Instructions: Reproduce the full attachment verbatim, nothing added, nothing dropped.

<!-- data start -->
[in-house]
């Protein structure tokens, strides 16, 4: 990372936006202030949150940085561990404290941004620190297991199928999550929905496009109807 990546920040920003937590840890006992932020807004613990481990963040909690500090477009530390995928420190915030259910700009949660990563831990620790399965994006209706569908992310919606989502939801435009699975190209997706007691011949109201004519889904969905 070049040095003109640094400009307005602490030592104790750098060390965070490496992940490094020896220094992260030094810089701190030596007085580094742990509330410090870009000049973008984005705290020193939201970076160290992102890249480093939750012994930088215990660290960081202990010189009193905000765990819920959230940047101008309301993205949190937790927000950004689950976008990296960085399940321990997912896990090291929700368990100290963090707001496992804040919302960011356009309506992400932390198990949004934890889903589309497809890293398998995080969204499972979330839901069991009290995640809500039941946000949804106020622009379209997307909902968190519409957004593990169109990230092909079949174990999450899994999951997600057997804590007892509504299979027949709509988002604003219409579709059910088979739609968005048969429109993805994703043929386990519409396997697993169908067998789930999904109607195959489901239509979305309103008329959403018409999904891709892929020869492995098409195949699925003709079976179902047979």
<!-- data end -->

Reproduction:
[in-house]
């Protein structure tokens, strides 16, 4: 990372936006202030949150940085561990404290941004620190297991199928999550929905496009109807 990546920040920003937590840890006992932020807004613990481990963040909690500090477009530390995928420190915030259910700009949660990563831990620790399965994006209706569908992310919606989502939801435009699975190209997706007691011949109201004519889904969905 070049040095003109640094400009307005602490030592104790750098060390965070490496992940490094020896220094992260030094810089701190030596007085580094742990509330410090870009000049973008984005705290020193939201970076160290992102890249480093939750012994930088215990660290960081202990010189009193905000765990819920959230940047101008309301993205949190937790927000950004689950976008990296960085399940321990997912896990090291929700368990100290963090707001496992804040919302960011356009309506992400932390198990949004934890889903589309497809890293398998995080969204499972979330839901069991009290995640809500039941946000949804106020622009379209997307909902968190519409957004593990169109990230092909079949174990999450899994999951997600057997804590007892509504299979027949709509988002604003219409579709059910088979739609968005048969429109993805994703043929386990519409396997697993169908067998789930999904109607195959489901239509979305309103008329959403018409999904891709892929020869492995098409195949699925003709079976179902047979």